Ocean observatory due to be located in Galway Bay
Observatory will provide marine tech and ocean energy developers with ‘real time’ data
Impression of the sub-sea observatory at the Galway Bay test site, connected back to shore by a cable which has already been installed. Photograph: SmartBay
A sub-sea observatory is due to be installed in Galway Bay when weather permits, as part of a significant development of the State’s ocean energy testing capability.
The observatory will be able to provide marine technology and ocean energy developers with “real time” data on how their devices are performing.
A cable to feed power to the site and receive data has been laid from Spiddal, Co Galway, by the State’s research ship RV Celtic Explorer.
The project is being spearheaded by the Marine Institute and the Sustainable Energy Authority of Ireland (SEAI) with partners SmartBay Ltd, University College Cork’s Marine Renewable Energy Ireland (MaREI), and Dublin City University.
SmartBay Ireland Ltd general manager John Breslin said the Spiddal location allows for less exposed trials of smaller scale ocean energy devices, and those at an earlier stage of development. The observatory installation will transform the location into a world-class ocean energy test site, he says.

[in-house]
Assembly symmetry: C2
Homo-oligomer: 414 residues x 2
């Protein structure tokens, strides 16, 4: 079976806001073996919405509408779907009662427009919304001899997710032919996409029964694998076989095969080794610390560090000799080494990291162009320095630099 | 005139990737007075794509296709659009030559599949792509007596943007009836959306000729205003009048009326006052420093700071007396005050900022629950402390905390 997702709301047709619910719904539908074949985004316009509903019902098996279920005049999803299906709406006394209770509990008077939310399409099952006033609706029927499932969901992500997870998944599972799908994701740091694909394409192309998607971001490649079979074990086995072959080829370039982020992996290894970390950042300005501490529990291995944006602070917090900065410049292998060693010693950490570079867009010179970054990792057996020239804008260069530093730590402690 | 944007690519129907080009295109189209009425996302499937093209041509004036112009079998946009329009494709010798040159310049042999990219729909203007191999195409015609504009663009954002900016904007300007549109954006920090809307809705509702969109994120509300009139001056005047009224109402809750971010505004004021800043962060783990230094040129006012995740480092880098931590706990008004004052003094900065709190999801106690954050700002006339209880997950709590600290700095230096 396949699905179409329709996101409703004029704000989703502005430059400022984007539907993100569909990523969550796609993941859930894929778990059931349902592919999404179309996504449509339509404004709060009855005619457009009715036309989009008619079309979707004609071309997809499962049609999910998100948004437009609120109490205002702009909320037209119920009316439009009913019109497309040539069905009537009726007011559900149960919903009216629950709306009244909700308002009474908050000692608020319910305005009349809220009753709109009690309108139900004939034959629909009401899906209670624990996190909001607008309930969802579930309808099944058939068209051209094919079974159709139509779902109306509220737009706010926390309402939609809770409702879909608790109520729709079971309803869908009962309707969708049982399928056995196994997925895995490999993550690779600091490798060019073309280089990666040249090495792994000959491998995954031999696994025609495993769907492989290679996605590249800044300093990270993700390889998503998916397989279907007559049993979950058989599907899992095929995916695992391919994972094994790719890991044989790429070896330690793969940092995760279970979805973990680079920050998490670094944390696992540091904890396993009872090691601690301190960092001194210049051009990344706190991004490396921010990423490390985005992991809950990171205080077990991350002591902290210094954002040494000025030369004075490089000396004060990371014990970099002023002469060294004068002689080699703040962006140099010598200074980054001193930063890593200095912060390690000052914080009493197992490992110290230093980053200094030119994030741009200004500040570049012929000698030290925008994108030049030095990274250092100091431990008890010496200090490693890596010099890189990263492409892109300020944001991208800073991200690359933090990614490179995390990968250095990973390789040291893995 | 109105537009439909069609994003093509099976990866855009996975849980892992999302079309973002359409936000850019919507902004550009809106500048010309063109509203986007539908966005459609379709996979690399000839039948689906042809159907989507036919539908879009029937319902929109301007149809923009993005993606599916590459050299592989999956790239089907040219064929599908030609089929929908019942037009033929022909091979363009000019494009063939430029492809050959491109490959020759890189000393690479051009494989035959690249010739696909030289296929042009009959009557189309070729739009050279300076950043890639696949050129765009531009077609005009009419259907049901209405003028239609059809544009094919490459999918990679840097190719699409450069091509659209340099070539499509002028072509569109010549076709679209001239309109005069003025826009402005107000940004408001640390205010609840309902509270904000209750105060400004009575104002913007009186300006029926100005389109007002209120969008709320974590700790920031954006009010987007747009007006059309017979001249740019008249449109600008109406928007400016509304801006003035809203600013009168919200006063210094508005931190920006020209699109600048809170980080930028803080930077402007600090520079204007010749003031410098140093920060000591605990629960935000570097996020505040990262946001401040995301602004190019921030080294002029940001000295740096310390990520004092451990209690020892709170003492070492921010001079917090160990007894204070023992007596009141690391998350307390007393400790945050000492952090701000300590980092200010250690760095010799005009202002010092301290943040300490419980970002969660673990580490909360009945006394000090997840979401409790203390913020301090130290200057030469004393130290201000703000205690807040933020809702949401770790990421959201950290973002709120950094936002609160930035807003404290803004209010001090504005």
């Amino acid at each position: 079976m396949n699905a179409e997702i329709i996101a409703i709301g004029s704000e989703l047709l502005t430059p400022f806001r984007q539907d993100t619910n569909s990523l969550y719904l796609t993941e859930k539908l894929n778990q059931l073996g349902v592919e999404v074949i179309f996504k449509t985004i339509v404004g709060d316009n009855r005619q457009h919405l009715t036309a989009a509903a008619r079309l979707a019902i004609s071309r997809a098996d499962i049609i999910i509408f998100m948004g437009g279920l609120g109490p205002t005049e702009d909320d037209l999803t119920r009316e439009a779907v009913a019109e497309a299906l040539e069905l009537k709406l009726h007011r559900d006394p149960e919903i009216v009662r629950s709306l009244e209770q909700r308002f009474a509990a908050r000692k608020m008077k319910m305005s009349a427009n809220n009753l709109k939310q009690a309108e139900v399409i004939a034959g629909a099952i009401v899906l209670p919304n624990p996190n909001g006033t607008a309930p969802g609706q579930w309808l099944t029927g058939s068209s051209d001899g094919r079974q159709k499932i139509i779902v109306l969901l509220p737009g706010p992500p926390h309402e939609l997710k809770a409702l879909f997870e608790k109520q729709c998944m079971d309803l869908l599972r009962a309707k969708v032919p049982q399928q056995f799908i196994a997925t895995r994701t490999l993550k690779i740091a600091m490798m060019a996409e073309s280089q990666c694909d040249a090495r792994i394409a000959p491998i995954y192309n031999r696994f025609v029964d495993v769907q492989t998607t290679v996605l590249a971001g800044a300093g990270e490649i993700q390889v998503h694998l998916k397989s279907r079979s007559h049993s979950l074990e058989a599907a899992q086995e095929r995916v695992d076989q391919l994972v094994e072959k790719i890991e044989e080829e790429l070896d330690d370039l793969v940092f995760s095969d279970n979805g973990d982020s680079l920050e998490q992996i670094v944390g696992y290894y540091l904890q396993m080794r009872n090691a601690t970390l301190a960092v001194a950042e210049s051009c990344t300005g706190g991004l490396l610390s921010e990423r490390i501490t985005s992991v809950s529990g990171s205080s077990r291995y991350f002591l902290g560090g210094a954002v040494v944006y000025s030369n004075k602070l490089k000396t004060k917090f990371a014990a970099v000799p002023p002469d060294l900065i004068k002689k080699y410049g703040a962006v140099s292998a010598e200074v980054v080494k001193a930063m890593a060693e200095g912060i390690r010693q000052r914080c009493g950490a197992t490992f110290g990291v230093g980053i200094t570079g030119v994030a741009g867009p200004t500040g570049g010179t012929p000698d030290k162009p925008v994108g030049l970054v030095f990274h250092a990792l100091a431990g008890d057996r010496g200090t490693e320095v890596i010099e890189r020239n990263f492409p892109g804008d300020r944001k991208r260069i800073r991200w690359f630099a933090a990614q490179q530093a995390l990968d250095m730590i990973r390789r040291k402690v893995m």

SmartBay strategic funding and project co-ordinator Diarmuid Ó Conchubhair said the cable-end offshore will house a suite of sensors and environmental monitoring equipment and a floating “sea station”.
The equipment will have 23 ports, 15 of which will be dedicated to the testing of new sensors. Four of the 23 ports will be optical, 18 electrical and there will be one coaxial port for high definition camera and lights.
The cable project is funded in part by Science Foundation Ireland (SFI) under its 2012 research infrastructure call which contributed €2.2 million.
FundingDepartment of CommunicationsEnergy and Natural Resources
Government support for ocean research, development and demonstration has been increasing, Minister for Energy Alex White has said, with €16.8 million added to his department’s multi-annual ocean energy development budget between 2013 and 2016, bringing the total cumulative funding to more than €26 million.
In a related development, two public consultation documents published by Mr White last week seek views on the renewable energy technologies that currently receive financial support from the State, and whether the Government should broaden the range of technologies it supports.
The 2009 EU Renewable Energy Directive set Ireland a legally binding target of meeting 16 per cent of its energy requirements from renewable sources by 2020.